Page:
… these together provide a rich picking ground for the metaphor and melody of poetry.
So where shall I begin, to choose a totemic poem “about” music?
That choice in itself would take a lifetime, so you can help me by suggesting yours, in the Comments.
Either loved by you, or (if you are happy for me to share it on my blog) written by you (so include your copyright at the end of it).
Here goes with a favourite chosen by me, which you can also find listed and attributed on a The LiederNet Archive, a site (with a few spelling mistakes) devoted to the lyrics used in lieder (= songs, in German) and you can also see the original manuscript here and in Further Resources below:
Everyone suddenly burst out singing
Everyone suddenly burst out singing;
And I was filled with such delight
As prisoned birds must find in freedom,
Winging wildly across the white
Orchards and dark-green fields; on — on — and out of sight.
Everyone’s voice was suddenly lifted;
And beauty came like the setting sun:
My heart was shaken with tears; and horror
Drifted away. … O but Everyone
Was a bird; and the song was wordless;
The singing will never be done.Siegfried Lorraine Sassoon (1886 – 1967); first published 1919 in Picture-Show no 34
shown in its signature version, from Oxford University collections, at the end.
And here’s another exercise to get us song-and-dance writing further.
Finding a Golden Thread Go back to my poem, and highlight or [square bracket] any phrase or word that spoke to you, or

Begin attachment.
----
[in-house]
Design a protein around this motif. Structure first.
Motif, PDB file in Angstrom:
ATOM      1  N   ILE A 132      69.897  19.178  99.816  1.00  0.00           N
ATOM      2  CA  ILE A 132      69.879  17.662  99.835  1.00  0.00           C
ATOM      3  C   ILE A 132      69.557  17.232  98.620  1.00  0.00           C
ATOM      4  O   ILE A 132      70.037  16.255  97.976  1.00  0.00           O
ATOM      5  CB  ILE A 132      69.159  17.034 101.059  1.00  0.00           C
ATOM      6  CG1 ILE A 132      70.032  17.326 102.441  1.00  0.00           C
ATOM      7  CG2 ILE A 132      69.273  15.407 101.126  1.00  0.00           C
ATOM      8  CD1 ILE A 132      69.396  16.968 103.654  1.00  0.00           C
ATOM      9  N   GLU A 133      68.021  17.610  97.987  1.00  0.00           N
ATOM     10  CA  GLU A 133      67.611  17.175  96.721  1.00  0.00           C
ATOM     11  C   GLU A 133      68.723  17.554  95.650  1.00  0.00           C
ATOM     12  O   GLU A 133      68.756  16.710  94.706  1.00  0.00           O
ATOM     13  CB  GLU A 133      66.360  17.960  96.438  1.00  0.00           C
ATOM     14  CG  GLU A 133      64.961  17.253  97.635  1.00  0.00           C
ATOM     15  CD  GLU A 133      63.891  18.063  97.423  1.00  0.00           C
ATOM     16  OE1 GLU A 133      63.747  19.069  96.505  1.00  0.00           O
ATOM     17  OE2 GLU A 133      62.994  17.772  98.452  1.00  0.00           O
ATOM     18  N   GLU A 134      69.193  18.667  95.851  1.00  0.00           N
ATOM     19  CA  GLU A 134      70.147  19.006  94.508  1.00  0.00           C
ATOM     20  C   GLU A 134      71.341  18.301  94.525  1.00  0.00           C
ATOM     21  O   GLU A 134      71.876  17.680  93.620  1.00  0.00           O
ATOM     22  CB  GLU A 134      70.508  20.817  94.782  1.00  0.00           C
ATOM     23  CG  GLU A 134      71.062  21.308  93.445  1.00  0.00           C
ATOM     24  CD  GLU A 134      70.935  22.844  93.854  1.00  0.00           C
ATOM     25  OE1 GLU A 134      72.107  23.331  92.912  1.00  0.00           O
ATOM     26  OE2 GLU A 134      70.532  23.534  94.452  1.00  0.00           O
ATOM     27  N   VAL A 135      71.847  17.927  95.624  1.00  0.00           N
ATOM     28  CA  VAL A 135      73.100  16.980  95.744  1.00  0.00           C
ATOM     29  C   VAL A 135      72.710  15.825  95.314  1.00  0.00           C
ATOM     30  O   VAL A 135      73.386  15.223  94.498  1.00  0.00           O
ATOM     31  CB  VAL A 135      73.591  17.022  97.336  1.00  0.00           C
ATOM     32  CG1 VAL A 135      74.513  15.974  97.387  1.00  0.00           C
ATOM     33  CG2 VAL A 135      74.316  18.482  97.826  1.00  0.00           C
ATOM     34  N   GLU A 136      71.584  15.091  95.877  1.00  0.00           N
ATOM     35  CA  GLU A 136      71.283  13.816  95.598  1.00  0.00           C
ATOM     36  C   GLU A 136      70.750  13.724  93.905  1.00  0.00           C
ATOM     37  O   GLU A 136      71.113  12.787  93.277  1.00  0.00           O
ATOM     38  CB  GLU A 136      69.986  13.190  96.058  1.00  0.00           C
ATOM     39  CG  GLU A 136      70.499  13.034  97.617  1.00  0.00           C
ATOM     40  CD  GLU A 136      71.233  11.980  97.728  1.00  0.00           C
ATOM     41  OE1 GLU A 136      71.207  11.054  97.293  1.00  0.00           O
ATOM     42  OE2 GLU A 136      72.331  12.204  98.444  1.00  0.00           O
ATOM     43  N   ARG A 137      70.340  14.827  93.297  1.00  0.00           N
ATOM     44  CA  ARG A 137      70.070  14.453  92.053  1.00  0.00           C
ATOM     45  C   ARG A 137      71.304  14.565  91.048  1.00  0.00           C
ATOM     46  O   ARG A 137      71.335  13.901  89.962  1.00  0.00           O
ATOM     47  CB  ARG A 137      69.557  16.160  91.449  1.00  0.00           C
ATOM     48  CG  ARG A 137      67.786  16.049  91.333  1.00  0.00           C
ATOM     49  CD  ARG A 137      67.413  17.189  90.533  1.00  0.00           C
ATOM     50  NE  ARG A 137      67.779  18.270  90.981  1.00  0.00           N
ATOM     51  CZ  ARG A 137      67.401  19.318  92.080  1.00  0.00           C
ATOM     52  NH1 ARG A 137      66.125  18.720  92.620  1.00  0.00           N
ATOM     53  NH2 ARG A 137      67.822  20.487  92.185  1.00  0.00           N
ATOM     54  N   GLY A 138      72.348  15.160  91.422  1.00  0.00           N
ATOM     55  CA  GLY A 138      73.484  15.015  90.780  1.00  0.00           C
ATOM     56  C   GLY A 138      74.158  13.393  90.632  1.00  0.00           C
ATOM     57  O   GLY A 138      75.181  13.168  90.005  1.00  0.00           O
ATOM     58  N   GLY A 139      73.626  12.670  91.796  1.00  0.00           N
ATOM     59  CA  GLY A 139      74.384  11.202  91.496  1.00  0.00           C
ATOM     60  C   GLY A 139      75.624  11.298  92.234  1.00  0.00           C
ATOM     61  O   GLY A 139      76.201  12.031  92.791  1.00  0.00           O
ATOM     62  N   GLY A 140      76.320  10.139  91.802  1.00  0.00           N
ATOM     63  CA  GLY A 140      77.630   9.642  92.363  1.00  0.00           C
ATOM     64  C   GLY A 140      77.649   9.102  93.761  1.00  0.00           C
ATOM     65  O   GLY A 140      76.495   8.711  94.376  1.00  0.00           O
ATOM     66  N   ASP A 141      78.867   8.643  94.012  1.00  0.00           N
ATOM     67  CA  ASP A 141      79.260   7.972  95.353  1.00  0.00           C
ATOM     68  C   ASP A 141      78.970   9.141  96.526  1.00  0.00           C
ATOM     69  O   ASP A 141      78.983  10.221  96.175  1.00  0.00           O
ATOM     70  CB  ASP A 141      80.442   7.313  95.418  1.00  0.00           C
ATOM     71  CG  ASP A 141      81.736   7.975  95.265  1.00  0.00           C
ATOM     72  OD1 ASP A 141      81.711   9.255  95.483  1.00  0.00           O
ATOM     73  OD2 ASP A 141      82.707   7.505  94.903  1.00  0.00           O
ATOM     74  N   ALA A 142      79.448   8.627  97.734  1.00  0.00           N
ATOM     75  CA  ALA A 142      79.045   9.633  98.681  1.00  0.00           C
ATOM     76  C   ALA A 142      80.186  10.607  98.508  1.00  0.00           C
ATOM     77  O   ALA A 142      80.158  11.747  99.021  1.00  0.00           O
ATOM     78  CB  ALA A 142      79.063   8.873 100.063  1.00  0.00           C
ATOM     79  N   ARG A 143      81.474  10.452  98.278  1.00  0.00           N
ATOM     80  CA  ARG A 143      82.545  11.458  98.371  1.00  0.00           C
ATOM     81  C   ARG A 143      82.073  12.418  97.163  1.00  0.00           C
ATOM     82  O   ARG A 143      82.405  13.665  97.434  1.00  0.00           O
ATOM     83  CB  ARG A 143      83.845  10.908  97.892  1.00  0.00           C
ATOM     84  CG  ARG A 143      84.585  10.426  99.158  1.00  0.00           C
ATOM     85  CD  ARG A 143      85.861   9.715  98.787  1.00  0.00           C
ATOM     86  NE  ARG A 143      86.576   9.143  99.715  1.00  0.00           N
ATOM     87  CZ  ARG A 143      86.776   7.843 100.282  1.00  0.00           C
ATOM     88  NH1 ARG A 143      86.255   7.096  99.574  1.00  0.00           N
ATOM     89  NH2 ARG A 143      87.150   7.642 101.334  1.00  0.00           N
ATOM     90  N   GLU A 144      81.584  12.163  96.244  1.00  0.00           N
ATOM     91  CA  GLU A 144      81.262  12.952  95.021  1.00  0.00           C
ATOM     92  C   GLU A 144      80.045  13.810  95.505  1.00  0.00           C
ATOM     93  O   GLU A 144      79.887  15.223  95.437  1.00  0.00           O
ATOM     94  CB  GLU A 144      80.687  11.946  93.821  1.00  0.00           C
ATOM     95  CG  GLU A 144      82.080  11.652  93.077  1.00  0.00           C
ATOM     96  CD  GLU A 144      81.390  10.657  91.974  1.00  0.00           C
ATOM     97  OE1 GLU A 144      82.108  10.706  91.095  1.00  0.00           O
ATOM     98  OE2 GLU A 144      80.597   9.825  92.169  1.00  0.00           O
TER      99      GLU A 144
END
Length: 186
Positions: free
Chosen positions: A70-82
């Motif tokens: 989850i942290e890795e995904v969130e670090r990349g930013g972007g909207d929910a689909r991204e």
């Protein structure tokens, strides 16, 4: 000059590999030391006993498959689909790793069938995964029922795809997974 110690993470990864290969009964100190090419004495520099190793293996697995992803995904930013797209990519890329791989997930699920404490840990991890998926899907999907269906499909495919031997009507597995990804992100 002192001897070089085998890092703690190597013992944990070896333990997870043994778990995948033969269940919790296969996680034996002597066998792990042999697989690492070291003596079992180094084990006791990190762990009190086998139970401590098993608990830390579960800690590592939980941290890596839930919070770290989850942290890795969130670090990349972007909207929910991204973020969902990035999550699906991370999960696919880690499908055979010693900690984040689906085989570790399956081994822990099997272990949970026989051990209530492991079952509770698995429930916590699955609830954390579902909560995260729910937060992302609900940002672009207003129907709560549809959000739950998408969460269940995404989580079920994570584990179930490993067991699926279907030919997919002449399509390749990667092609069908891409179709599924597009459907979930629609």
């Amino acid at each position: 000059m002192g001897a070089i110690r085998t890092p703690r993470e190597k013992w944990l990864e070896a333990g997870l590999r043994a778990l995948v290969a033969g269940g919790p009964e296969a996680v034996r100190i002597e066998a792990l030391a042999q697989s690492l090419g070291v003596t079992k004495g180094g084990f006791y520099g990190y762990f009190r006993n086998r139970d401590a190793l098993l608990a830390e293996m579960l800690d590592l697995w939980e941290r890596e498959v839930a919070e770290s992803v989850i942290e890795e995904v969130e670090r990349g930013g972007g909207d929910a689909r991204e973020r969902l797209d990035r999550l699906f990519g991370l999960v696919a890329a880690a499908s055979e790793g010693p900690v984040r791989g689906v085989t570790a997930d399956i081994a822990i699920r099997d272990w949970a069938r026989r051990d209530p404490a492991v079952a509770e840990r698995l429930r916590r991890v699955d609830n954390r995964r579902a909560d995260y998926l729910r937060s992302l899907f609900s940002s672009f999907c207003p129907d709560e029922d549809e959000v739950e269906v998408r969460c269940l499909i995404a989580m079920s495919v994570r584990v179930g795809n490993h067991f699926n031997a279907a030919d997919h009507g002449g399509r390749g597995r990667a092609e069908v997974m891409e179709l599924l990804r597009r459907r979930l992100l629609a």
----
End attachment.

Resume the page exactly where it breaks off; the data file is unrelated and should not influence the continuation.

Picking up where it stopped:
read through your Check-in/Braindump responses, and highlight or [bracket] any particularly juicy phrases and ideas, or
jot down [in a blue-sky box] any memory that has been triggered.
And finally, if just a few notes from today’s musical exercises have put a song in your heart, then fill in these before you go:
Today I am grateful for:
a not-exhaustive cacophony of musical terms
|da capo |
(back to the beginning)
|largo (anagrams here)||lyre||mantra||mute|
|polyphonic||psalm||rallentando (gradually slowing down)||roundelay|
|symphony||tambourine||throat-singing (e.g.by Inuit)||whistle|
poetry as song, song as poetry
First an image of the manuscript of the Sassoon poem, “Everyone Sang,” by Sassoon, Siegfried (1886-1967). The Bodleian Library, University of Oxford / The Siegfried Sassoon Literary Estate via First World War Poetry Digital Archive, accessed May 15, 2020,
And from my 2014 collection, an offering in appreciation of a London workshop given by movement teachers Alex Svoboda and Peter Wilberforce, at the end of which we all joined hands in a huge circle of sound:
The dancing singing bowl
(with thanks to Alex Nikiforov & Peter Wilberforce)
What, who is this?
And what, who, are these
like petals from the centre I call “me”?
What, who, these companions,
these hands that hold, stroke, soothe my soul
in the expressive dance and song?
Seeing their dance, hearing their song
I see them different, yet deeply same
their needs, their longings… all these
a petal of my own flower,
a leaf from my own book –
or mine, one of theirs.
What, who is this?
Or rather, who are we?
Held together like petals
radiating out – with such light! –
resonating out from the singing bowl that we are.
from ‘the route to grace’ (2014) Dalefield Press, Cambridge UK CB24 3BP/23
© Kathy McVittie 13 October 2014